In September 1642 Poussin returned to Rome, ostensibly to fetch his wife; Richelieu and Louis XIII died soon after Poussin reached Rome, enabling him to remain in his adopted country permanently. He passed the rest of his life modestly and placidly in his house in the Via Paolina, refusing countless honors, including the directorship of the Academy of St. Luke. The most important fruit of his Paris visit was a patronage truly worthy of his talents. Intellectual conservatives of the French upper bourgeoisie, like Chantelou, called forth, through their commissions, the best of the artist's talents, the embodiment of the French classical ideal.
Between 1643 and 1653 Poussin came to grips with the fundamental premise of his creative being, the triumph of human will over the passions, manifest in his works in the domination of intellect over emotion. The Holy Family on the Steps (1648), for example, reveals his rational procedure for achieving biblical truth. The observer is infallibly guided, through the selective simplicity and lucid formality of the essential compositional elements, to the climax of the representation, the enthronement of a nobly modest family on monumental stairs, and to the denouement, the movement of the Holy Family toward the observer.
In executing his works Poussin proceeded in the following manner. After a thorough reading of the primary sources, he made a preliminary sketch; he then constructed a small model stage upon which he could move, like chessmen, actual miniature figures made of wax. After making further drawings and altering the positions of the figures as he progressed, he made larger models. From these he painted the final scene, referring occasionally to living models to avoid sterility. Thus, by steady, almost pedestrian degrees the potentially dramatic theme was simplified to a lofty understatement. Such laborious procedures, dangerously susceptible to stereotyping by imitators, were adopted until 1690 for teaching purposes by Charles Le Brun in the Paris academic program; they also explain the objection, among even cultivated critics, to Poussin's not infrequent statuesque sterility and coloristic coldness in the works of his mature period.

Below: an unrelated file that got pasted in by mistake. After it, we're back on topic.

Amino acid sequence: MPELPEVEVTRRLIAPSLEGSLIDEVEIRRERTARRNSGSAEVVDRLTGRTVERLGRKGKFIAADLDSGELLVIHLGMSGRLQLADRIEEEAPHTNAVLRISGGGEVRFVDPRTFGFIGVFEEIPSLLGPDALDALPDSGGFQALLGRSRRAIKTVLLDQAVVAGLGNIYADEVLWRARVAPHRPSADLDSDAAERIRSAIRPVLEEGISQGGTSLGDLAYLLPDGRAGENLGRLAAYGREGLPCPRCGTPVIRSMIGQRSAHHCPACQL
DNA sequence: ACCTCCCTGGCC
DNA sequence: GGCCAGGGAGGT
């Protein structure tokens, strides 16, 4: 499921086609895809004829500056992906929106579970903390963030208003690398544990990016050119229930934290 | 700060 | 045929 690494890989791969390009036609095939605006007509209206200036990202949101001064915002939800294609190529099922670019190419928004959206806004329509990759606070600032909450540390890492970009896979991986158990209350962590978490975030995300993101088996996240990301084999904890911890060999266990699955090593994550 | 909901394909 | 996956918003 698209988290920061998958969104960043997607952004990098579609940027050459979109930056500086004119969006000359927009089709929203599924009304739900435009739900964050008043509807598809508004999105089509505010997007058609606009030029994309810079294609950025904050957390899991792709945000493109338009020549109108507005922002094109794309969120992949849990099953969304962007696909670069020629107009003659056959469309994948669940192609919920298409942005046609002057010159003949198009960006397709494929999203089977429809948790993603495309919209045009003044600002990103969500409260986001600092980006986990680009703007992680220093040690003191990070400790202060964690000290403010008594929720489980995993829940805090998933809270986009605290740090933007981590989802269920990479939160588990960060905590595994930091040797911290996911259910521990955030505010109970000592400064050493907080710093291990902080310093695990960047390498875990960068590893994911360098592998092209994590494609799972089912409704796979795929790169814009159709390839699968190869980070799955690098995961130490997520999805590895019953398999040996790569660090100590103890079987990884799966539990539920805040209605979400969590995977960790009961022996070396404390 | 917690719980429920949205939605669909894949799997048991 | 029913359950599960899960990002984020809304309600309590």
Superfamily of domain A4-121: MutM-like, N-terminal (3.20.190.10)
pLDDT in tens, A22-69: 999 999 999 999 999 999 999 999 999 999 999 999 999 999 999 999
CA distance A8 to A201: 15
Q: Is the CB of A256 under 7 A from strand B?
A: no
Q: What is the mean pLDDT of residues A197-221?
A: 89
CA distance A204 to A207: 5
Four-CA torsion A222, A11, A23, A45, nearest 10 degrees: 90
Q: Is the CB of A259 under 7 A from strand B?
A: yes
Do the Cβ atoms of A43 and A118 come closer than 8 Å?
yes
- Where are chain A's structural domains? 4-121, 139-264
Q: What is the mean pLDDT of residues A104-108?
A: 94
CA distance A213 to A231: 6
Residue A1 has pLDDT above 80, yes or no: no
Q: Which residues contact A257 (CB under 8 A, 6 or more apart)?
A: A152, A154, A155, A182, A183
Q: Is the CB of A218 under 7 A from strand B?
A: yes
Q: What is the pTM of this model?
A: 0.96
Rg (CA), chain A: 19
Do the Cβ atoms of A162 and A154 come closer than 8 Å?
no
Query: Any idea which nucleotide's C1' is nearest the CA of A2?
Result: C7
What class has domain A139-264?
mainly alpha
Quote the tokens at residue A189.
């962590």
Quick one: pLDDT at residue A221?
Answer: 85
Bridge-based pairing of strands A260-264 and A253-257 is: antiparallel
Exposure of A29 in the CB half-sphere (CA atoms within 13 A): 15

In Poussin's late period he moved beyond the somewhat self-conscious and mechanical means just described. The triumph of human will over the passions, or intellect over emotion, became an ultimate statement of the reign of universal harmony over the seeming chaos of nature and human life. This final conviction is most telling in such works as Apollo and Daphne (1664), sometimes called his spiritual testament to the world, and Summer and Autumn, two of the cycle of the four seasons (1660-1664). Figures are set in wildly animated landscapes of fertility or desolation, forms are reduced to nearly cubistic abstraction, and action is drastically simplified. Poussin died in Rome on Nov. 19, 1665.
A great deal has been written about Poussin. By far the most reliable works in English are Anthony Blunt, The Paintings of Nicolas Poussin: A Critical Catalogue (1966) and Nicolas Poussin (2 vols., 1967), and Walter Friedlaender, Nicolas Poussin: A New Approach (1966).
Blunt, Anthony, Nicolas Poussin, London: Pallas Athene, 1995. Nicolas Poussin, New York: Abbeville Press, 1990.